Tesla (NASDAQ: TSLA) has become the sixth company in US history to achieve the coveted $1 trillion (USD) market capitalisation, joining the likes of Apple (NASDAQ: AAPL), Microsoft (NASDAQ: MSFT), Amazon (NASDAQ: AMZN), Alphabet (NASDAQ: GOOGL), and Facebook (NASDAQ: FB)… as well as reinforcing the not-so-scholarly sentiment that tech money simply hits different.
This revised valuation is owed to the most recent 12.7% surge in the EV automaker’s stock price, closing on Monday at approximately US$1,025, which itself was instigated by car rental giant Hertz after it placed an order for 100,000 vehicles.
Given his 23% stake in the entire operation, billionaire CEO & Founder Elon Musk has managed to casually add another US$36.2 billion / AU$48 billion to his personal fortune in a single day – the largest single-day gain Bloomberg has ever recorded, eclipsing last year’s US$32 billion / AU$42.7 billion surge of Nongfu Spring bottle water tycoon, Zhong Shanshan – and effectively rounding out his total net worth to approximately U$288.6 billion / AU$385 billion; as filings showed a “fresh tranche of options in his moonshot pay package vested.
For reference, two-thirds of Musk’s entire net worth is directly tied to Tesla’s shares and options. While he receives no salary, in addition to the aforementioned 23% stake, his extremely lucrative compensation package offers 12 options tranches that vest depending on milestones involving Tesla’s market cap and financial performance. The seventh tier worth over US$8 billion / AU$10.68 billion was unlocked last week after Tesla reported adjusted earnings before interest, taxes, depreciation, and amortisation (EBITDA) of US$3.2 billion / AU$4.27 billion – up 77% from 2020.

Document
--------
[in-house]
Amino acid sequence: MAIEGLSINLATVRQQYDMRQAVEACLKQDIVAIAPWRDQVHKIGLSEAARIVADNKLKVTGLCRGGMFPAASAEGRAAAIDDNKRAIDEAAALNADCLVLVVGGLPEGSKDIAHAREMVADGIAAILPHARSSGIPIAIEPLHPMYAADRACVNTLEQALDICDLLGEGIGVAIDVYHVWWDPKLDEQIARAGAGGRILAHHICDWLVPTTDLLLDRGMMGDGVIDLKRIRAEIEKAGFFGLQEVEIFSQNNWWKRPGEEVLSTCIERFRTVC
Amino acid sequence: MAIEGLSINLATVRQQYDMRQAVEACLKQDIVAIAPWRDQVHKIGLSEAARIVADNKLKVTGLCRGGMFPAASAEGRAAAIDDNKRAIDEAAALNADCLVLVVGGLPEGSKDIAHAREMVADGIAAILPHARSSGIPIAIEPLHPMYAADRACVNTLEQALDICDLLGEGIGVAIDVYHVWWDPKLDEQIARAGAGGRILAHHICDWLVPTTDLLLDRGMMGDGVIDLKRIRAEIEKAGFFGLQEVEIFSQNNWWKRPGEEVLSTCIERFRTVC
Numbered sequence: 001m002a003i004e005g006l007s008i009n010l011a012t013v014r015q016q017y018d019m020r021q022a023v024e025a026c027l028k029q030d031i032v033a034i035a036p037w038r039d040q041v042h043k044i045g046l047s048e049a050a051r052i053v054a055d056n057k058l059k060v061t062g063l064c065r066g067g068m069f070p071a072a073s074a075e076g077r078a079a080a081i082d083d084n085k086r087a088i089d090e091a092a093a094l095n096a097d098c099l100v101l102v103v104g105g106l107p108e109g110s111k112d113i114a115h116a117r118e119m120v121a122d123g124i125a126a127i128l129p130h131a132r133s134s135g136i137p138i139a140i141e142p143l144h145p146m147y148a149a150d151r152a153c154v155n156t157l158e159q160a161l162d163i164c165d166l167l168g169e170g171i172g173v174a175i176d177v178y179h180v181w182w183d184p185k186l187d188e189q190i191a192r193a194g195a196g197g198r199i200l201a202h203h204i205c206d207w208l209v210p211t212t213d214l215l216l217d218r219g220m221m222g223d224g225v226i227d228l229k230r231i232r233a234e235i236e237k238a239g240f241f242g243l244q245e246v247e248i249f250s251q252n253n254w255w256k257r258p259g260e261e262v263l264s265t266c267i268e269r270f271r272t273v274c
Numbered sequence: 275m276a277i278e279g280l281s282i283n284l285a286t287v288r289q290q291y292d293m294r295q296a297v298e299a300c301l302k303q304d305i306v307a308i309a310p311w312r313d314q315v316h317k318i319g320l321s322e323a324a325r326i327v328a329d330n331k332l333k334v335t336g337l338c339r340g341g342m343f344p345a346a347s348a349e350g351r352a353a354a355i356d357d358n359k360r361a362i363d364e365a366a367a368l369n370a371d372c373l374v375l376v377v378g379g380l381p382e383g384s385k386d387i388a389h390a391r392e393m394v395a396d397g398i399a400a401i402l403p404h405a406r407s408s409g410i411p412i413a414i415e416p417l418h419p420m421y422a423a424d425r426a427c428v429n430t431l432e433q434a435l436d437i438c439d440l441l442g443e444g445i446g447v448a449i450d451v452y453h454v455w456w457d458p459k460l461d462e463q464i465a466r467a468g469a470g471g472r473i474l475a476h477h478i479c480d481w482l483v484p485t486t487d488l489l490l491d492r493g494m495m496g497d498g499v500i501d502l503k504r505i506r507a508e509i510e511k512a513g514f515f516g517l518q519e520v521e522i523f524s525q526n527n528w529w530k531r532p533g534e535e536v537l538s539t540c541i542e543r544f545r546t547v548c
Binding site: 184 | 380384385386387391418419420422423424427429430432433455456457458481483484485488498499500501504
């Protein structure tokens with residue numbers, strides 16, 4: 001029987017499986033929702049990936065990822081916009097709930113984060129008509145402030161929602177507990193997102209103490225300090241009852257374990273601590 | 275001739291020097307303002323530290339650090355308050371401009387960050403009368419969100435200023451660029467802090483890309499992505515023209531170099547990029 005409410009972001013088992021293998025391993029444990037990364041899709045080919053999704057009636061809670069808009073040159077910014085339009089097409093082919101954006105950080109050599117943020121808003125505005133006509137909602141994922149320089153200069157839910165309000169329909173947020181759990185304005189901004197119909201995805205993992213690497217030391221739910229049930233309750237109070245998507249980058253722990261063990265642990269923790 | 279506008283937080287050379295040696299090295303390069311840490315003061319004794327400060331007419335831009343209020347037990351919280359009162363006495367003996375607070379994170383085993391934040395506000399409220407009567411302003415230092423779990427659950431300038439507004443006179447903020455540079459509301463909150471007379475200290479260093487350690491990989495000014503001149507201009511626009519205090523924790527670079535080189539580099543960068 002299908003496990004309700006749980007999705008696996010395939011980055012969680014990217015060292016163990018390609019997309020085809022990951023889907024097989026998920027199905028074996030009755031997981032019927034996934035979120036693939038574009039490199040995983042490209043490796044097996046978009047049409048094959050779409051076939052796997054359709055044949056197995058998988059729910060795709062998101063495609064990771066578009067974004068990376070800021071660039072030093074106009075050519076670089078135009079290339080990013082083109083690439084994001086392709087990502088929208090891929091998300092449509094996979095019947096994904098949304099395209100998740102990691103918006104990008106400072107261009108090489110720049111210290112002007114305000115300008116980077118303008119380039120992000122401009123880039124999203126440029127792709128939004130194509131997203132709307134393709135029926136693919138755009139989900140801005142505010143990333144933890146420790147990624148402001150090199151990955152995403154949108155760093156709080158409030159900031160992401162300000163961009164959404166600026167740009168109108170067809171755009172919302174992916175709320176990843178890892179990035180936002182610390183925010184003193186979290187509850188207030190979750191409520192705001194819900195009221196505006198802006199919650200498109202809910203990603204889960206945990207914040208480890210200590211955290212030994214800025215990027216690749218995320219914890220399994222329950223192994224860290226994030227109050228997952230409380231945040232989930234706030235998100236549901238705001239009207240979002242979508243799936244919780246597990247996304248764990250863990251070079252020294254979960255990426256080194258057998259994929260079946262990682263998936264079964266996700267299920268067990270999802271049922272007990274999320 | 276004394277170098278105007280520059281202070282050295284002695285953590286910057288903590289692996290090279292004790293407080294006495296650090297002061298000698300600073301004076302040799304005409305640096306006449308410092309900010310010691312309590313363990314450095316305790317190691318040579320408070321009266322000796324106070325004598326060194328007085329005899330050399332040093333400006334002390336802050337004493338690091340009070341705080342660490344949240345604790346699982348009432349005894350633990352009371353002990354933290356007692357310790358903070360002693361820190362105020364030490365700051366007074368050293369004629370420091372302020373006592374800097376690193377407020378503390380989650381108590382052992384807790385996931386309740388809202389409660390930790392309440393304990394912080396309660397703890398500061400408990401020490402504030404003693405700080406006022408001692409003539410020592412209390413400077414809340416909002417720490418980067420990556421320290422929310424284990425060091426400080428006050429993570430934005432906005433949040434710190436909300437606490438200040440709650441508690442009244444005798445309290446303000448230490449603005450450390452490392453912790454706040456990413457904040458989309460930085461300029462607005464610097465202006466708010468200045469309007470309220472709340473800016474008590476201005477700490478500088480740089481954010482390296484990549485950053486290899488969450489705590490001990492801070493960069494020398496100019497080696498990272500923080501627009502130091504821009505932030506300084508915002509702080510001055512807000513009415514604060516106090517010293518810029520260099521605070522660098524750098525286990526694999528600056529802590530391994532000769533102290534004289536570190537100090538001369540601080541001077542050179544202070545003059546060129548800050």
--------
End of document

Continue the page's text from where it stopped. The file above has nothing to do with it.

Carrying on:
Suffice it to say, this past month has been quite the period of growth for old mate Elon. Aside from Tesla joining the $1 trillion (USD) club, the C-Suite meme lord overtook Amazon’s Jeff Bezos in wealth a few weeks prior to secure the title of world’s richest person. Around the same time, Musk’s other tech side hustle SpaceX hit a US$100 billion / AU$133.5 billion valuation after selling its shares on the secondary market. These shares were reportedly offered at US$560 each – 33% above the US$420 price logged in a February funding round that valued the company at US$74 billion / AU$98.8 billion.
Tesla is officially the second fastest company to ever achieve a market cap of $1 trillion (USD), reaching the milestone in just a little over 12 years after its initial public offering circa 2010. The honour of fastest company, of course, belongs to Facebook, which needed just a little over nine years after its IPO; while the honour of slowest company belongs to Apple, which took a considerably longer 37 years after its listing.
Side note: has anyone checked on Dr Michael Burry lately?